Has Pfizer turned its sights from Ratiopharm to Mylan? The company reportedly made quite a push for the German generics maker, and now that it's lost that fight to Teva Pharmaceutical Industries, analysts are thinking that U.S.-based Mylan could do just as well.
Investors have been bidding up Mylan options in recent days, betting that Pfizer will satisfy its generics urges with an offer for the company. Indeed, more than 32,000 calls changed hands last week, 15 times the four-week average; the stock itself rose as high as $24.
"What we've heard is there's chatter about a potential takeover, but that's every day with some of these healthcare companies," Les Funtleyder, Miller Tabak analyst, tells Bloomberg. "[T]he thinking is that Pfizer may be interested in another generic company because [it was] one of the bidders [for Ratiopharm]."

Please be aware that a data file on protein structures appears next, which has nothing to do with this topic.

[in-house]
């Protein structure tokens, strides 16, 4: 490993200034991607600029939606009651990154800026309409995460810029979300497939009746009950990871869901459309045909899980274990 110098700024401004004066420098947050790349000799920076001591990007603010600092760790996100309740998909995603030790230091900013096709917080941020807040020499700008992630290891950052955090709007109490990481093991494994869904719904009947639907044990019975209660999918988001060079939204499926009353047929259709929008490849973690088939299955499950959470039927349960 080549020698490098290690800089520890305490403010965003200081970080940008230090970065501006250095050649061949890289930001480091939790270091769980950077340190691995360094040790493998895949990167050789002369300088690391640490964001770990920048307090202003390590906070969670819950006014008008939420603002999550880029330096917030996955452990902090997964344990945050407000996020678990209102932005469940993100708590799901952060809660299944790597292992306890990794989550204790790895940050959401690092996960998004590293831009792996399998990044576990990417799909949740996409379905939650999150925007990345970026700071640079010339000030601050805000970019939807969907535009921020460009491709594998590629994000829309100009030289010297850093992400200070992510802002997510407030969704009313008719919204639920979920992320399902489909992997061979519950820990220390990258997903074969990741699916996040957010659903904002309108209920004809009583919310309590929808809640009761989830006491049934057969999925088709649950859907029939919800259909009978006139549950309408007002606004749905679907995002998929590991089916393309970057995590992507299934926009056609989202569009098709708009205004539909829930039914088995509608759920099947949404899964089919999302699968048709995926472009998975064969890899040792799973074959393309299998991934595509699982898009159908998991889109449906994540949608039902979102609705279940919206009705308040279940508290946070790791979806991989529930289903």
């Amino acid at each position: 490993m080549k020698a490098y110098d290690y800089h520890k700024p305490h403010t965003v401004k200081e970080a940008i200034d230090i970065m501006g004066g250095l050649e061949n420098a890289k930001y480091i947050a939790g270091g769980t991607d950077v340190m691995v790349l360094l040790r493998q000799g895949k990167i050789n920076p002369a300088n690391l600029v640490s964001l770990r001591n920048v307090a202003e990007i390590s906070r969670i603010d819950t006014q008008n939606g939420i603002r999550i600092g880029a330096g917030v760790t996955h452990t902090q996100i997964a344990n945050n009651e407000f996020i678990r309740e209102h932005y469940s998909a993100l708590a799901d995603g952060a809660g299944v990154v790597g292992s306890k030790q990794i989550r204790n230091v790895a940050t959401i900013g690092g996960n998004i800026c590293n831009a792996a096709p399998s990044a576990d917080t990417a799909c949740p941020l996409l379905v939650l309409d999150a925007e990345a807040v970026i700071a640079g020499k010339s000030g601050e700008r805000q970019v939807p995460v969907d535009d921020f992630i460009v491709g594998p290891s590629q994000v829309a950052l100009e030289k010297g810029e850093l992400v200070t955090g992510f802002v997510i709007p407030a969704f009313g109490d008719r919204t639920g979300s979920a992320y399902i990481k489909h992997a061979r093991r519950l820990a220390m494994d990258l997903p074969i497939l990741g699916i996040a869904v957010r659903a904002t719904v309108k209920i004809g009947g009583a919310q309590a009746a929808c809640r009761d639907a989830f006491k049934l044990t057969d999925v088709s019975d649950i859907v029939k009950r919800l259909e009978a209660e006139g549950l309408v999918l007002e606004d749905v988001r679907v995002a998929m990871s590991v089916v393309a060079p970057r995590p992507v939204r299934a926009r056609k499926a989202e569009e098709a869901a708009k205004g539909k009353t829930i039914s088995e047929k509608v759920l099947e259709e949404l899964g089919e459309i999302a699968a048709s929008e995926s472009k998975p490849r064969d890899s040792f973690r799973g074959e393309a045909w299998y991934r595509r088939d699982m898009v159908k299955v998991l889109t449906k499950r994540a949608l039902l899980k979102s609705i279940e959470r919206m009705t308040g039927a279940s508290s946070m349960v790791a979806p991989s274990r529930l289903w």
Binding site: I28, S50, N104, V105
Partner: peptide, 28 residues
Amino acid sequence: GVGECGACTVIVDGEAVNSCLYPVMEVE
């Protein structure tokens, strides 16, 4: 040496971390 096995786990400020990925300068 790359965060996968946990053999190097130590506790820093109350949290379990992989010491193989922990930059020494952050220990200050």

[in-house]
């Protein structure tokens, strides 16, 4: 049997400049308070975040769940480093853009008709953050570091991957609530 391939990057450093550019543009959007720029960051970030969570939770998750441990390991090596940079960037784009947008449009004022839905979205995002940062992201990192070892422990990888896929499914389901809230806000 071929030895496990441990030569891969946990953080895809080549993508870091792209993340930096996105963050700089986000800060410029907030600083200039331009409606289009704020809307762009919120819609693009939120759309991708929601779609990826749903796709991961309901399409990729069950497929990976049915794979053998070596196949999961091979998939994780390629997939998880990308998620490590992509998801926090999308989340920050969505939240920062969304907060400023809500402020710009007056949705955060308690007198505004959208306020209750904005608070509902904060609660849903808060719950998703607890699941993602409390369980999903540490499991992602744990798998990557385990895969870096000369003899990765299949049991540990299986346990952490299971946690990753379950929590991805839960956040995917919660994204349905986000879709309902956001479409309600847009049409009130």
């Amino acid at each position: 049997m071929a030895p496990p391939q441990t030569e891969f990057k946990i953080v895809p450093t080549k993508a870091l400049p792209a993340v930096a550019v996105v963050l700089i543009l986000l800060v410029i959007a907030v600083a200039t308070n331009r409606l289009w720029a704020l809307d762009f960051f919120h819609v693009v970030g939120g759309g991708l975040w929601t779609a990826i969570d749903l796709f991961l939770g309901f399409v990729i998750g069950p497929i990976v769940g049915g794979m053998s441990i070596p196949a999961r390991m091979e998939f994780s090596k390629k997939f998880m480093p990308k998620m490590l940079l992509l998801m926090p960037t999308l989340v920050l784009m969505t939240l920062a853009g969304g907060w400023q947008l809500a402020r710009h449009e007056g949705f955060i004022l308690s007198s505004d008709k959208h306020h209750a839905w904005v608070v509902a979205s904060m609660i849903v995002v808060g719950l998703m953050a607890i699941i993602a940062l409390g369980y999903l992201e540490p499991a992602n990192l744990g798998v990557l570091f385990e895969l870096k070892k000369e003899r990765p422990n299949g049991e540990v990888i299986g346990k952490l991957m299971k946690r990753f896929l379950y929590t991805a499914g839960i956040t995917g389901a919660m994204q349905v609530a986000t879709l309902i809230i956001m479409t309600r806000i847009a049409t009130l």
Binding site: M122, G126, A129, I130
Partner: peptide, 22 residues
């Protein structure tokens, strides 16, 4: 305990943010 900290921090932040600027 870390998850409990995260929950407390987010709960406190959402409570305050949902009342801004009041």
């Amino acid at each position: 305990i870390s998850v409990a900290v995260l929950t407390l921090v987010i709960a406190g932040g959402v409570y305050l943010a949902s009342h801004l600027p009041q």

But, as BNet Pharma points out, Mylan wouldn't necessarily be a trouble-free way for Pfizer to beef up its generics presence. The company has had its share of trouble over the last 12 months, including a public battle with the Pittsburgh Post-Gazette, the sudden departure of its CFO, and a controversy over President Heather Bresch's academic credentials.